My friendship with Davy has made my life more beautiful than it would have been without her. She both calls me higher in devotion to Christ and sends me lower in practical application of it. She showed me the Low Door through which imperfect human attempts at love must pass in order to reach the Wonderland-like refinement of Love itself. I keep a picture of her on my writing desk, a faded image of a dark-haired girl with a cheeky smile, perched in the bosun’s chair of Gull, their 18-foot sloop, and whenever I look at it, I can almost hear her say, Be brave. Keep small enough to get through that Low Door. Let your love be big enough to change the world.

Sixty years and two days after Davy was born I made my rather red and mewling appearance on this earth. On Sunday I celebrate my 40th (!!) birthday, and I think it’s quite fitting that the festivities commence today with a coastal cruising sailing course that Philip and I signed up for back in the spring, the next step towards a dream which Van and Davy sparked with their vision of a white-winged schooner under sail.

This tribute isn’t at all what I want it to be, and the poem that follows certainly falls short of what’s in my heart. But I wanted to acknowledge such a momentous “earth time” occasion of something that, in God’s good love and mysterious ways, puts helpless chronos to shame.

Happy Birthday, beloved Davy. I’ll be toasting you in Darjeeling today.

Under the Mercy,


Ave, Davy! Hail, sweet sister! Your bright
Brave spirit breathes a warmth unchilled through years
Of old earth-time, and death’s not dared your light
To dim. By Mercy’s art your star swung near
To mine across an epoch’s swarthy bowl
And flung a spark of glory, holy fire,
Enkindling kindred shining in my soul.
So kindly did that ember sear, desire
Undreamt-of blazed to life and deathly snows
Of fear dissolved. Such high Civility!–
(Your lover’s tears were turned to gems, you know.)
–And yet, o’er all I praise your Courtesy:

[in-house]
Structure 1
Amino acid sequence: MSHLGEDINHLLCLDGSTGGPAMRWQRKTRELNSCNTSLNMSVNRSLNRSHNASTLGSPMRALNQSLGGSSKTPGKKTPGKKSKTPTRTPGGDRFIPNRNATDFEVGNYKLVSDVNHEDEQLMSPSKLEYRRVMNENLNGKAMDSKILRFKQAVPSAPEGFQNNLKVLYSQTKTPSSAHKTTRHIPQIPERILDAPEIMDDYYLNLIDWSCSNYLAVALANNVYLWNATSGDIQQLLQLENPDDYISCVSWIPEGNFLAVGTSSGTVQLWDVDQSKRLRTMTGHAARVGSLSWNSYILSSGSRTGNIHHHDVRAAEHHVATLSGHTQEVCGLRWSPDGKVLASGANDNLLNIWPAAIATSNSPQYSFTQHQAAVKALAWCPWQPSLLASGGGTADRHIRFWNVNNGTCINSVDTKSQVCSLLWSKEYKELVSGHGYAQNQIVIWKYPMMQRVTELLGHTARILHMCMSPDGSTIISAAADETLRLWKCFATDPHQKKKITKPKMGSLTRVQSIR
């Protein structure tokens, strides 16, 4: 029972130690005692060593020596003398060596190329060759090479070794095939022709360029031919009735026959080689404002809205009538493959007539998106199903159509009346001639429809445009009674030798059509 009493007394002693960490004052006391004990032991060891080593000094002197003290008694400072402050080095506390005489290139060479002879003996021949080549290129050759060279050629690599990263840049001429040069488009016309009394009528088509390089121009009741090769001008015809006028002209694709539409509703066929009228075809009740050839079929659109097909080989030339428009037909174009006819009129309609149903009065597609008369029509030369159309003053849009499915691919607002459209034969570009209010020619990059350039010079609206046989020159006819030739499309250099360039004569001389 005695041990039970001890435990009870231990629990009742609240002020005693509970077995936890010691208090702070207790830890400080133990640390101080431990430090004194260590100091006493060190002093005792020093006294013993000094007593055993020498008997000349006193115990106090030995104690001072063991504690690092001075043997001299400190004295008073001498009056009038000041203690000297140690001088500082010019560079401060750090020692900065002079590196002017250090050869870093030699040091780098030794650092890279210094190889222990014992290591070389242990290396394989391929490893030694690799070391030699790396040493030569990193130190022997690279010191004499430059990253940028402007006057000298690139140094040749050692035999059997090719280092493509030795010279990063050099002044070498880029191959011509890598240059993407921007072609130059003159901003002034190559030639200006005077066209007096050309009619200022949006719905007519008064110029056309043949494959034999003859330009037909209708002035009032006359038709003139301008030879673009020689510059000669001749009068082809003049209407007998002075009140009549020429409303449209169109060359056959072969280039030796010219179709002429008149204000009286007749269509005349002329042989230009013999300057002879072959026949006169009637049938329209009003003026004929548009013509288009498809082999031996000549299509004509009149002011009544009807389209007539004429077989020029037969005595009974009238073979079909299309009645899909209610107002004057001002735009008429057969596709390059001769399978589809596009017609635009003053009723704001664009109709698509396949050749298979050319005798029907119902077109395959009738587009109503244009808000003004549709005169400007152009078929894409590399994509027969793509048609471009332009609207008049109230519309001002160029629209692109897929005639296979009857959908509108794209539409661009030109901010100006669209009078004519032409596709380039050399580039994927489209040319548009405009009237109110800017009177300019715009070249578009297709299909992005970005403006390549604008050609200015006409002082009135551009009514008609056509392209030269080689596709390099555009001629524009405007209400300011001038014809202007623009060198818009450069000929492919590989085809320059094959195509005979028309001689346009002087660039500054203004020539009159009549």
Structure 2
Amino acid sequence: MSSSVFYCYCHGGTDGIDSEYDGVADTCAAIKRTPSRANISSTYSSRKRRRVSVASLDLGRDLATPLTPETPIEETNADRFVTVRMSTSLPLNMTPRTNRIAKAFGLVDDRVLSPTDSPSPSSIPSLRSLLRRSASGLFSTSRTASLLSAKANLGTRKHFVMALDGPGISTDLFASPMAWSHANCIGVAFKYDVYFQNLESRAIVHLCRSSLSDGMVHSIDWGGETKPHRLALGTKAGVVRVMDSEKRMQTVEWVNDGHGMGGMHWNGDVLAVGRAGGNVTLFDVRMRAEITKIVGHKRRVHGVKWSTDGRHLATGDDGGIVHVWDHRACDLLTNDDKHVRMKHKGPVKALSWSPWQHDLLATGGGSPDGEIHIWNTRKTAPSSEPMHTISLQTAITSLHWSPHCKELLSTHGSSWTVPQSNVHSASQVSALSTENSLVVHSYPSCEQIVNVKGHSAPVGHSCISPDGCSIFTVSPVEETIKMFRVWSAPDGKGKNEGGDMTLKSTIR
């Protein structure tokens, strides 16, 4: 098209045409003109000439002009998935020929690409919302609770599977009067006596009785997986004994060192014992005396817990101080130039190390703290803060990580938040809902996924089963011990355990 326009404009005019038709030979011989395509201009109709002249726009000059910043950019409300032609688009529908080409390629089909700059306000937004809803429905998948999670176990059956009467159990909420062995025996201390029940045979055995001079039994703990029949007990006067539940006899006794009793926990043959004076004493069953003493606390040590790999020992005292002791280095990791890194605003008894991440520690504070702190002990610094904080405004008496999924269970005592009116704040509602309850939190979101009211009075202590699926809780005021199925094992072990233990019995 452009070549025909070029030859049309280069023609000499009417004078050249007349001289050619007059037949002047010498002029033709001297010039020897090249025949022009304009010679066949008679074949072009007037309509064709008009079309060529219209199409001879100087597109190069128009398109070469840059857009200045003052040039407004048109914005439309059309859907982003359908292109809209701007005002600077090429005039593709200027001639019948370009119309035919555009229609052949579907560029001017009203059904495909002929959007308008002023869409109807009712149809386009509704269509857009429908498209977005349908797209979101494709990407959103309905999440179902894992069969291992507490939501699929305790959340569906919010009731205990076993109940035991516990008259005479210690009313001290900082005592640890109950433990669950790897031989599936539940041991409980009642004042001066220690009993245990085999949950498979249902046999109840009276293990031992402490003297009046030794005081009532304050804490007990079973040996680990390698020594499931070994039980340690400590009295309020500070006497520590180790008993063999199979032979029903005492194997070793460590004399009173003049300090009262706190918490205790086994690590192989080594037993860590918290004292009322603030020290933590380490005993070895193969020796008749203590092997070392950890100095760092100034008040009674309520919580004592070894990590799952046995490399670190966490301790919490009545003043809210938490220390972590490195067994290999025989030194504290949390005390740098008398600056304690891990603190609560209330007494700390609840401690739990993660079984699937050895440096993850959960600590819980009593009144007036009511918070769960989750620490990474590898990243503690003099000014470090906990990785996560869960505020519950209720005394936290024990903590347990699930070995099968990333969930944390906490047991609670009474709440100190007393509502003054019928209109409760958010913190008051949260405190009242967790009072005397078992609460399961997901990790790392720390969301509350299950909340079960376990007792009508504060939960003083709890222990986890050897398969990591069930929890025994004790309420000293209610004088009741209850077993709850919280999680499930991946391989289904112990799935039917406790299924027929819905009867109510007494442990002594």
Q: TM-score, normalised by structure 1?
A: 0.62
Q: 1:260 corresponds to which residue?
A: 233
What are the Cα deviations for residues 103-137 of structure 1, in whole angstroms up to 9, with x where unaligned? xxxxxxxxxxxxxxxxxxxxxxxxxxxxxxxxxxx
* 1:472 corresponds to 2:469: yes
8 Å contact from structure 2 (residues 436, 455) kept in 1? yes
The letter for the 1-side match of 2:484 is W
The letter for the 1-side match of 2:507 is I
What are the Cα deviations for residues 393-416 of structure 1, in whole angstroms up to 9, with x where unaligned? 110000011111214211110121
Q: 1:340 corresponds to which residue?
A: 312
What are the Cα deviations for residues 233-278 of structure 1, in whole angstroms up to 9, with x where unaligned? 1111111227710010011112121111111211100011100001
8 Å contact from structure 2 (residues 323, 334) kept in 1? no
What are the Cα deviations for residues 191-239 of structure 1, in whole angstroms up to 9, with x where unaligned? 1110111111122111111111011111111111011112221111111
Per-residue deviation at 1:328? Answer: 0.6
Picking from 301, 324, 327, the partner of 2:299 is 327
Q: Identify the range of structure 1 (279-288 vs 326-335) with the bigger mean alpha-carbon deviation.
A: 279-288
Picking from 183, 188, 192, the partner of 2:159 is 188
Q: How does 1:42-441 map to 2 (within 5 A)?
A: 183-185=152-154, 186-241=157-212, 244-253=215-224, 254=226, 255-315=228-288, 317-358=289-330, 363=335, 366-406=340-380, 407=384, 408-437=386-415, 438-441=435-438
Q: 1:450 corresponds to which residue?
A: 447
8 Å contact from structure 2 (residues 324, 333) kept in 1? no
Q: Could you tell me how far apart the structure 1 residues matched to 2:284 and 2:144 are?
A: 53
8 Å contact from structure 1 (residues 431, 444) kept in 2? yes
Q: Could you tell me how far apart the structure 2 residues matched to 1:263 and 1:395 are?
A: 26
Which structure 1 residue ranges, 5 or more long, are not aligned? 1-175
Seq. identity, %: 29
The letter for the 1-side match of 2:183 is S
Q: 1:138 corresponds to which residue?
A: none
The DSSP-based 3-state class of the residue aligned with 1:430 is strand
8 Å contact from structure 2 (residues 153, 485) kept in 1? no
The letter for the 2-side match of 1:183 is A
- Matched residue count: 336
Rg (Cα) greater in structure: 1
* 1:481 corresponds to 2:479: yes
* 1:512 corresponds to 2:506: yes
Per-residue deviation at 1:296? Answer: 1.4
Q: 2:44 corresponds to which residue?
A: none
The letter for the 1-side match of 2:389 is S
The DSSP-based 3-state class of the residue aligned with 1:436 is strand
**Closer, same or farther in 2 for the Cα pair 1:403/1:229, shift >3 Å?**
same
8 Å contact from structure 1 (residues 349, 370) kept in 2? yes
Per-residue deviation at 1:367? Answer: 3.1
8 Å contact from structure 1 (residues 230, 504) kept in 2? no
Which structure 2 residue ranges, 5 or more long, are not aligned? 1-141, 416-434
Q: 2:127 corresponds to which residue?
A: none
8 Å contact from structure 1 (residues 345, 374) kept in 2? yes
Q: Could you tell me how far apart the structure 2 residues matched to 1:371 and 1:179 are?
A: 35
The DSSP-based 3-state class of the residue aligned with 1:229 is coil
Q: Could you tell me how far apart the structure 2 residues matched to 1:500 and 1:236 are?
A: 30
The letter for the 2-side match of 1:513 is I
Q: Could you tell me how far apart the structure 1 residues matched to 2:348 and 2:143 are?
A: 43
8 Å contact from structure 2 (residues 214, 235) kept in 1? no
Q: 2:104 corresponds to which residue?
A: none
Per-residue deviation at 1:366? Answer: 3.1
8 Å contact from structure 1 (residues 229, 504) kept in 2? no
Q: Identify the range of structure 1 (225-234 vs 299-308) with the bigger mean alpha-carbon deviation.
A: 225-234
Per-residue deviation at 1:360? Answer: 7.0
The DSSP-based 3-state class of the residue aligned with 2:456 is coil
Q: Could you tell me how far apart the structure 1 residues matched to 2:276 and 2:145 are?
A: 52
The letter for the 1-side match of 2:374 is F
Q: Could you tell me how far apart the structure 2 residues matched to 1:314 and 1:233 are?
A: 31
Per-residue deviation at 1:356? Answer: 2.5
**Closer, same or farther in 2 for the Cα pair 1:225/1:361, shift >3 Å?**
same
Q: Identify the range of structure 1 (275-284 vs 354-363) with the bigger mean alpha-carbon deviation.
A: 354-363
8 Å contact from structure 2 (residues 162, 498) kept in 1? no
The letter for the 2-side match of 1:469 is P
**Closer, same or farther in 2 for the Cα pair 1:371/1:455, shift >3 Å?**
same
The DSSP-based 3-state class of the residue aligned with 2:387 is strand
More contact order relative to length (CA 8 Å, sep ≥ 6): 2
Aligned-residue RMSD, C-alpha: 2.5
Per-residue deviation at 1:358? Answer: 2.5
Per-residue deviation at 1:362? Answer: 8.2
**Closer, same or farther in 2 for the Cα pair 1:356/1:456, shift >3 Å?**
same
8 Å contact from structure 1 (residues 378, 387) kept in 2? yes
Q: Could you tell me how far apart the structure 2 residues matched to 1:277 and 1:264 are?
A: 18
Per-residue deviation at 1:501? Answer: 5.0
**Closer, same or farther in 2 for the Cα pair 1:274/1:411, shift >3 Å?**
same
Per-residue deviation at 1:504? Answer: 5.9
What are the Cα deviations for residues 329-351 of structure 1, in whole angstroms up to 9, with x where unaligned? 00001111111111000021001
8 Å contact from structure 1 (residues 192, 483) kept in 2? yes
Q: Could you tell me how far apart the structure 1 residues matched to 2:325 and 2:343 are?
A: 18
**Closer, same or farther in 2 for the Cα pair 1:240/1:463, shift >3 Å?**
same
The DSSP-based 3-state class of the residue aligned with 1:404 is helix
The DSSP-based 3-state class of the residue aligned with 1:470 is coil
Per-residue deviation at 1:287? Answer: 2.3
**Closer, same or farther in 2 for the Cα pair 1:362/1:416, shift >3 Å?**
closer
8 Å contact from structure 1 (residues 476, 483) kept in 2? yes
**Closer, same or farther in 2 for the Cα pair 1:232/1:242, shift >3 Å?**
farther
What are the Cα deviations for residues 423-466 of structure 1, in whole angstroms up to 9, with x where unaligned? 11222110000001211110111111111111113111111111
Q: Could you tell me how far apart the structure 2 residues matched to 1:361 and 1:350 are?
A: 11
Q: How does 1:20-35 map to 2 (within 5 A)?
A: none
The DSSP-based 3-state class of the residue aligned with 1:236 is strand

Undying lamp illumining Low Door
Of Love’s most noble off’ring evermore.

Wonderful Tonight

Wednesday, July 9th, 2014

It’s been a busy summer, what with bookbinding and writing projects, Ivester vacation (from which we’ve just returned) and a recent 15th wedding anniversary adventure on another of our golden barrier isles (which I hope to tell you about soon!). If there’s one thing I actually love about social media, it’s getting to see glimpses and snapshots of friends’ vacations, always such a magical “time out of time” for families in this fragmented era of ours. There’s just something about the beach that brings time to a standstill in such lucid clarity–especially when you get to share it with those you love. In lieu of something new today, I thought I’d pass on a little piece I wrote for the Rabbit Room, inspired by last summer’s family vacation. I hope you’re all having a lovely summer in your part of the world and making lots of memories of your own! xx

“I think that people are the greatest fun…”
—Bryan MacLean, Alone Again, Or

I love people. Really, I do. But sometimes I don’t like them very much.

It was the last night of family vacation. We weren’t actually going home in the morning—Philip and I were heading to a neighboring island the next day for a little birthday weekend add-on. But it was the end of something: the culmination of a week of pure pleasure in a lovely house by the sea with our Ivester-variety dearest ones, and I was a little sad. The tall windows were dark; the swimming pool was a sheet of glass between the main house and the pavilioned wing in which Philip’s and my room was located; the outdoor hibachi grill, in almost constant use for a family of 13, had been cleaned for the last time and the colorful beach towels had all disappeared from the iron courtyard railings. Everyone else had already gone to bed—but I needed a bit more, an extra measure of savoring, as I always do after my very happiest times. Philip knew this, sensed it instinctively, I think, as I never seem to handle endings very well without some practical acknowledgement of my joy—even a few moments’ quiet conversation.

We sat out under the pavilion together, he and I, watching the great silver barque of a moon travel a swath of starry sky and listening to the incessant whisper and retreat of the waves on the shore below. Our house was on something of a point, near the mouth of an inlet on one hand, with a great stretch of beach on the other, so that whether the tide was in or out it always had something of the quality of a fortress. The tide was out tonight, but the beach was deserted.